Environmental monitoring of Svalbard and Jan Mayen

MOSJ is a system for monitoring the environment on Svalbard and Jan Mayen and the surrounding waters.

The program collects and processes data on the environmental impact and the state of nature, wildlife and cultural heritage in the area. 

The program's mission is also to interpret the data to describe the development of the environment on Svalbard and Jan Mayen, and to advise the administration on the need for action, research or improved monitoring of the areas.

MOSJ is a part of government environmental monitoring in Norway. One important function is to provide a basis to see if we achieve the political goals set for environmental development in the north. A selection of the most important indicators from the MOSJ monitoring will be presented as key figures in white papers on "The Government's environmental policy and the environmental state of the realm."

MOSJ focuses on information that is strategically important for politicians and administration. However, to understand what is happening to the environment in the long term there are also thematic monitoring programs. Examples of these are monitoring of air pollution in Ny-Ålesund, monitoring of catches and stocks of commercial fish species and monitoring of temperature and precipitation at the meteorological stations.

Important research 

Good environmental monitoring must be based on research. Research can tell us what is most relevant to monitor, for example when we want to find the animal or bird species that provide a typical picture of an ecosystem. Research is also needed to determine how monitoring should be done. Finally, we need research to interpret and explain the data collected through monitoring. These are important reasons why research must be integrated closely with monitoring programmes.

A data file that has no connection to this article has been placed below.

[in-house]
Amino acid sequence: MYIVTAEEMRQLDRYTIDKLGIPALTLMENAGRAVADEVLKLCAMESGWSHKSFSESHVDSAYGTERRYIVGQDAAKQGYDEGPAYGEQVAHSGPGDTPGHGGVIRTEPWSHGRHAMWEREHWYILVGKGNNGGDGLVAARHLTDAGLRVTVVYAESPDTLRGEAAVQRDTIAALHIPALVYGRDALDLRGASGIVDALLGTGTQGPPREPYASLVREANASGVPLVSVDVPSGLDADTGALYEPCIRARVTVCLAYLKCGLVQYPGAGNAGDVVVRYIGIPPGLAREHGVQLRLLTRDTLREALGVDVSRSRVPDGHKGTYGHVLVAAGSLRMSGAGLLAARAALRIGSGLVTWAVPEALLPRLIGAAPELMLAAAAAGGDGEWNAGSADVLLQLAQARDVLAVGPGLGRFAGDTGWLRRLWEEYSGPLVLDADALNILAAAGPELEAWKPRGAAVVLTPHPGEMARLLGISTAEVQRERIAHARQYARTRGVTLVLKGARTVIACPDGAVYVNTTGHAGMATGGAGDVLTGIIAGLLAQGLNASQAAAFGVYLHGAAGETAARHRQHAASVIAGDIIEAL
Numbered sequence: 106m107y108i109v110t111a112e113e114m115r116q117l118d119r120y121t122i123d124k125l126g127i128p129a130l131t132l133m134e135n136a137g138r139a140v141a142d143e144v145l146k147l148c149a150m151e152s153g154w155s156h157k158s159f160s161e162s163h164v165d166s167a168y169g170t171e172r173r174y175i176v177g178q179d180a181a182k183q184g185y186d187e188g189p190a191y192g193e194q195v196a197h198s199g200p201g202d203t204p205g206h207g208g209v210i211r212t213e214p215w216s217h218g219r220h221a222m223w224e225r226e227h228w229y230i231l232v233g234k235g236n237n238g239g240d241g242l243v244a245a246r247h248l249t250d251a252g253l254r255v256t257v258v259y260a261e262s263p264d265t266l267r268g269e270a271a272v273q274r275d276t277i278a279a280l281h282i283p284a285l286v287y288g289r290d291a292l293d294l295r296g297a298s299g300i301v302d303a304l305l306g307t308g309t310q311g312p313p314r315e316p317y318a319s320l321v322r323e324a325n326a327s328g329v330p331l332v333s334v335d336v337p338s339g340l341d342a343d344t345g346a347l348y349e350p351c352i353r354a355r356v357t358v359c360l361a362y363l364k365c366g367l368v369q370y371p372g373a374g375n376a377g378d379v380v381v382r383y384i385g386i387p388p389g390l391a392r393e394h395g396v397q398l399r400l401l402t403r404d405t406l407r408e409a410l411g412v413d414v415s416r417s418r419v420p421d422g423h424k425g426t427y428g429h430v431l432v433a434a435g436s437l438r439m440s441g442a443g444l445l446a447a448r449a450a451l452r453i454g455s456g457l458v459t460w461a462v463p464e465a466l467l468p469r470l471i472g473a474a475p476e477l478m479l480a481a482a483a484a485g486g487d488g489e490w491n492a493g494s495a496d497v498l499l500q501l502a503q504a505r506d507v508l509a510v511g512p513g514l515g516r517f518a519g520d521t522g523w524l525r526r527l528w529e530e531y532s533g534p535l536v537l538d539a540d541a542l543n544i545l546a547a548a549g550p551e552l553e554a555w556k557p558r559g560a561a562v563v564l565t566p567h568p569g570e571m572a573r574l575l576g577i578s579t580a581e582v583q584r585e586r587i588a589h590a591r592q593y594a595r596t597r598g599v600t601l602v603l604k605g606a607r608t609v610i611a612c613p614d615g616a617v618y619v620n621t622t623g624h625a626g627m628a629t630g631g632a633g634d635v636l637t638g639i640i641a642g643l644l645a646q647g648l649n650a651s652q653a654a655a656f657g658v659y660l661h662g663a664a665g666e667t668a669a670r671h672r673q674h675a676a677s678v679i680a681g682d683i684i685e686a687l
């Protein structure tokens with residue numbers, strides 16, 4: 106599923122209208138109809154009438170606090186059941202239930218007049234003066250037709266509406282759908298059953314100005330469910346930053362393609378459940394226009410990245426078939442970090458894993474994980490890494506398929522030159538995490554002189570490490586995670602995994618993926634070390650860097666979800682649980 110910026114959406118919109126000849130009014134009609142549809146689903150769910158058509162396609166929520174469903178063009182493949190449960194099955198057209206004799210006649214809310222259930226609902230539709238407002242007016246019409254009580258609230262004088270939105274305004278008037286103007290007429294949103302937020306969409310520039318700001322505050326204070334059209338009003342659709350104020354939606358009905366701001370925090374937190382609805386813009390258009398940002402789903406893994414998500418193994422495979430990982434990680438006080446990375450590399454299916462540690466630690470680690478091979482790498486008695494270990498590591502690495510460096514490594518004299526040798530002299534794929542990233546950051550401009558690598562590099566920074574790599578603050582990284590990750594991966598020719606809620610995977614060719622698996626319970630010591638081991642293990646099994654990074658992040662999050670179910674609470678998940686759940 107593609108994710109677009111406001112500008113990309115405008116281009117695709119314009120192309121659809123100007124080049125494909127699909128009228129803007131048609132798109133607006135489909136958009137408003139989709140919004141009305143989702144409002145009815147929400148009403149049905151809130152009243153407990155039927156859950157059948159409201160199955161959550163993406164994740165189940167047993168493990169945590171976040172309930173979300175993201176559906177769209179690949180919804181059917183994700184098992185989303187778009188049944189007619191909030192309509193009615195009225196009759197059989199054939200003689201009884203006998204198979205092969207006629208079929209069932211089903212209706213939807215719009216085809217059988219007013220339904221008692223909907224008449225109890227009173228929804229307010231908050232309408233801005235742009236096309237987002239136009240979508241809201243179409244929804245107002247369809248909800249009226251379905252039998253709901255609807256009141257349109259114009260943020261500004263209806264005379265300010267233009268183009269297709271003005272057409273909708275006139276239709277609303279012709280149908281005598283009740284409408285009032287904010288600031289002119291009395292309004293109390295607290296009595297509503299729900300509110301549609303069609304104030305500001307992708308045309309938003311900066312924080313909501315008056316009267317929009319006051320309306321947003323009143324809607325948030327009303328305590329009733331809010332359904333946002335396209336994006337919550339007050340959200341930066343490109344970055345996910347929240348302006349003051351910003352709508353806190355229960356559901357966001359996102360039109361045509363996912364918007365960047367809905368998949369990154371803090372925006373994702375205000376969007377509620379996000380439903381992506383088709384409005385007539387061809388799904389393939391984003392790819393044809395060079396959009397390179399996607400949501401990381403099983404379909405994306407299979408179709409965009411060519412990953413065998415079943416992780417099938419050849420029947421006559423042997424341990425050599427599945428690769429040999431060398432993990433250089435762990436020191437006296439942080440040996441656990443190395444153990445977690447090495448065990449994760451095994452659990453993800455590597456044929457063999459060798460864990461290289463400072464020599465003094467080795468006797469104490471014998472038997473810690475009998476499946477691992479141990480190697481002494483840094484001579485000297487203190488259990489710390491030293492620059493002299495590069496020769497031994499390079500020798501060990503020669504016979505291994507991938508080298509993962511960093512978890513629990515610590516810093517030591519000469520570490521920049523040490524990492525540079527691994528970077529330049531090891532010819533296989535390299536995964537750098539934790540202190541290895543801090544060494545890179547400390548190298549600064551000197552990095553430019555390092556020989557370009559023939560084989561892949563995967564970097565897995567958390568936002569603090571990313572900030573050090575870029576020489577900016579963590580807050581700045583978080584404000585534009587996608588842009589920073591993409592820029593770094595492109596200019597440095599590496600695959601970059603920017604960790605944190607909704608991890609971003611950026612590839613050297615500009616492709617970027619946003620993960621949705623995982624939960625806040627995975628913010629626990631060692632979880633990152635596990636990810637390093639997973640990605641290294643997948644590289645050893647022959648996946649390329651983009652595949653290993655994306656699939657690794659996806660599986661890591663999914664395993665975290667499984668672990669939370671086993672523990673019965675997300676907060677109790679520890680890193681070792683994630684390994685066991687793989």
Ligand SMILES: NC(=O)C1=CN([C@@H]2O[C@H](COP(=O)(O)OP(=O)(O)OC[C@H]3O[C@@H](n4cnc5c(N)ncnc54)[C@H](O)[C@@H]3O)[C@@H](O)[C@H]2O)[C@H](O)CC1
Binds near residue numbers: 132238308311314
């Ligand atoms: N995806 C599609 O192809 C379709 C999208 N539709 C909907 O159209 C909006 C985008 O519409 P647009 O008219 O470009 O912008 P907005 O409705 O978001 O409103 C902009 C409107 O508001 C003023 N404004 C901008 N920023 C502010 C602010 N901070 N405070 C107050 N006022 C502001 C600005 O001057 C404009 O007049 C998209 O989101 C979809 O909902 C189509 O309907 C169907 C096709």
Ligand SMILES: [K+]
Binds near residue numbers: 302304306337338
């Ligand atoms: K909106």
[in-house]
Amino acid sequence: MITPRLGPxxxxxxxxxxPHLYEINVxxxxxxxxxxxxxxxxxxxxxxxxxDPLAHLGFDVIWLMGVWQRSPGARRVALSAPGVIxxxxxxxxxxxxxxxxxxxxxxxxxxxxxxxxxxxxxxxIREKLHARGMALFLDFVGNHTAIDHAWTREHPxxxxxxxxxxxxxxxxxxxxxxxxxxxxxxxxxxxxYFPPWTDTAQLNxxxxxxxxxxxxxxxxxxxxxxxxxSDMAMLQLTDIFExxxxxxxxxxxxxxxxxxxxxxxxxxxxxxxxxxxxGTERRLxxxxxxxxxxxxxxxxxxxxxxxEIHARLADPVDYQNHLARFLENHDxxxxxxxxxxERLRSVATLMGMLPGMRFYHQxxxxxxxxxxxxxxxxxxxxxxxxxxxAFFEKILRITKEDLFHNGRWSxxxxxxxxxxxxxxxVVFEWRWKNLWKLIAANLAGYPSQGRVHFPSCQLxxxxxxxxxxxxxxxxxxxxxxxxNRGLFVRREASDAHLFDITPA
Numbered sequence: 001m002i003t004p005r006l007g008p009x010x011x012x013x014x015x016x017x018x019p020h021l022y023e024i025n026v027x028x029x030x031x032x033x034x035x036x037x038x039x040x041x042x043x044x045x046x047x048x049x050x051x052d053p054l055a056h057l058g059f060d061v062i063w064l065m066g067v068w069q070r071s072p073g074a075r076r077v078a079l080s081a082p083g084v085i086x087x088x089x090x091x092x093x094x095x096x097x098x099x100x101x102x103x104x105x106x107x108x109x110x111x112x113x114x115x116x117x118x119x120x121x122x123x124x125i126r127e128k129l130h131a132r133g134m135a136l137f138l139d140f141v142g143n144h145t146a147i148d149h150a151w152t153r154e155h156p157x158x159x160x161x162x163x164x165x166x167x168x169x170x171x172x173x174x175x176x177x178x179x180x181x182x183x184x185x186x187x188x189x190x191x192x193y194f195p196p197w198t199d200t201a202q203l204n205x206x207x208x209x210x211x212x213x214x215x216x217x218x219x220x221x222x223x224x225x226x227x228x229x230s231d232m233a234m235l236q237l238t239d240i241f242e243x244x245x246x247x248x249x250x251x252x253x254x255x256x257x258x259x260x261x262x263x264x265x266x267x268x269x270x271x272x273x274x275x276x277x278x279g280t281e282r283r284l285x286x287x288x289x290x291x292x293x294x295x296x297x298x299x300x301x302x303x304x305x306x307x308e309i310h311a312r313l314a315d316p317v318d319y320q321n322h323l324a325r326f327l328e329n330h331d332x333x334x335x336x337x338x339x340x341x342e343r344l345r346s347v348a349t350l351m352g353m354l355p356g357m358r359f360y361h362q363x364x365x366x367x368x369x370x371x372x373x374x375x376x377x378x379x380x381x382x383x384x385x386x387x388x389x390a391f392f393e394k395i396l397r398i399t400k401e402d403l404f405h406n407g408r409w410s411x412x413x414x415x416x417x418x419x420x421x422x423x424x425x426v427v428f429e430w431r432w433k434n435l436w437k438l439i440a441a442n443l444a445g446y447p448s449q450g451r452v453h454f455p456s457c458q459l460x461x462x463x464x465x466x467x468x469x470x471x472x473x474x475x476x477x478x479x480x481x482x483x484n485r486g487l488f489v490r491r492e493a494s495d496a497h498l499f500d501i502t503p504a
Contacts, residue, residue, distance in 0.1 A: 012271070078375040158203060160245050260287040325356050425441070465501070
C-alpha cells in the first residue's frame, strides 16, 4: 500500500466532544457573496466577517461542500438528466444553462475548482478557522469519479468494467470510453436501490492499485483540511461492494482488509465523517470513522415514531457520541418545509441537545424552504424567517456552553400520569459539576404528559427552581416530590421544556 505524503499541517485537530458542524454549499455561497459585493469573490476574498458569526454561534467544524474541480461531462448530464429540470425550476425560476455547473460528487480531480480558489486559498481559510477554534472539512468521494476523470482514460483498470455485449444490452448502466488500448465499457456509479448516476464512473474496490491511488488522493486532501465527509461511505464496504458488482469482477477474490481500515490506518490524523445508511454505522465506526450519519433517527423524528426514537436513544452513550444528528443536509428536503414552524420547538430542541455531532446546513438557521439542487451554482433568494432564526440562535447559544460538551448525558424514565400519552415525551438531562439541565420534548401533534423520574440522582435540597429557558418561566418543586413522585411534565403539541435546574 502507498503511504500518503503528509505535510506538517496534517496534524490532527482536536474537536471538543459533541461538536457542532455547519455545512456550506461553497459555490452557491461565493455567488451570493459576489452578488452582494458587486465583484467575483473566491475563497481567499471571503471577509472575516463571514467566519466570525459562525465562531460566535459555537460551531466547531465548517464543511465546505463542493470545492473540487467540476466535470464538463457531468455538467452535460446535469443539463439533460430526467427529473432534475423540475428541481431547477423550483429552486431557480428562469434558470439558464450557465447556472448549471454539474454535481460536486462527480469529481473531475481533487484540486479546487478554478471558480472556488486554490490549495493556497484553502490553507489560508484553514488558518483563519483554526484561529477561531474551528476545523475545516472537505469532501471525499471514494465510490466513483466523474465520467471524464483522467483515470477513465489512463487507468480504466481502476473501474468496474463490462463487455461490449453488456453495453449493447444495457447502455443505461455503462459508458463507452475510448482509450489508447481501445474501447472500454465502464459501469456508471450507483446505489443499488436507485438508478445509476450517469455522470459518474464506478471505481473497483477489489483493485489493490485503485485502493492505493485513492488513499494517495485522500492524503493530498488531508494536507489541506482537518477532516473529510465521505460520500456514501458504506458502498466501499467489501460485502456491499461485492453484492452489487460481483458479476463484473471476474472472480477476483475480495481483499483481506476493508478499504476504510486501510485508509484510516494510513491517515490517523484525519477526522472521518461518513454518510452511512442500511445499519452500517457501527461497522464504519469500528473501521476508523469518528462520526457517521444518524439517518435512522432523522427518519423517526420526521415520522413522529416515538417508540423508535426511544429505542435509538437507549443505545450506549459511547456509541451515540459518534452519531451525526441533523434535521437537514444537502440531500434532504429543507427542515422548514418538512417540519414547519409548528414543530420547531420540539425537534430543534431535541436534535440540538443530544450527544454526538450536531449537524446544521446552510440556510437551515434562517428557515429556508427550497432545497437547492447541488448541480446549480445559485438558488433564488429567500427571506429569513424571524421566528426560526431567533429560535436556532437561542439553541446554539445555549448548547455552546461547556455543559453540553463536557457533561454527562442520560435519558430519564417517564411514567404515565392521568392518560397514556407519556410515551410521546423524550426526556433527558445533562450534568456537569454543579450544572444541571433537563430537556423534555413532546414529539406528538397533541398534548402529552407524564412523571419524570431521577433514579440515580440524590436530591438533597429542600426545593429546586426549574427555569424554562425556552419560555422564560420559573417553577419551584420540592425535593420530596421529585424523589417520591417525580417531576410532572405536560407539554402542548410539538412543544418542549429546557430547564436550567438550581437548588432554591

Figure 1 MOSJ in comparison to other monitoring and research. The width of the triangle indicates how broadly one gathers in various activities that collect data. The top levels must be based on those located further down, so that e.g. monitoring is supported by research.

Main topics and indicators

 

The content of MOSJ is organized by the main topics:

MOSJ consists of a number of indicators that in turn have one or more parameters. An indicator is data that provides concentrated information about a topic. Environmental indicators should include information on what is typical or critical for environmental quality. Then presentations using figures, maps or figures can provide a simplified image of the most important aspects of a more complex reality.

An indicator may consist of one or more parameters. A parameter is what is actually recorded, measured or calculated.

Interpretations of datasets

MOSJ not only wants to present data, but will also provide interpretations that explain the data.

In principle we ask three three questions:

  • Is there a trend in the development or not, and if so, what is this trend?
  • What are the causes of the trend?
  • What consequences will it have?

The interpretations are presented for each indicator based on an assessment of the individual parameters. The interpretations are both under each indicator and in an overall document summary.

Interpreted indicators are independent products for utilizing MOSJ, among other things in the administration's ongoing work and for others who want to use MOSJ as a source of knowledge. They are also the building blocks for the evaluation of the environmental condition at a higher level. Emphasis is on comparing data in MOSJ with all other relevant information, as the MOSJ data alone cannot explain all of the trends.

Participants in the programme

The data presented in MOSJ comes from numerous providers that carry out monitoring. The major data providers are: The Governor of Svalbard, the Institute of Marine Research, the Norwegian Institute for Air Research (NILU), the Norwegian Meteorological Institute (MI), the Norwegian Institute for Nature Research (NINA) and the Norwegian Polar Institute.

The interpretation of the individual topics is performed by an interpretation group in collaboration with the environmental consultants and research managers at the Norwegian Polar Institute.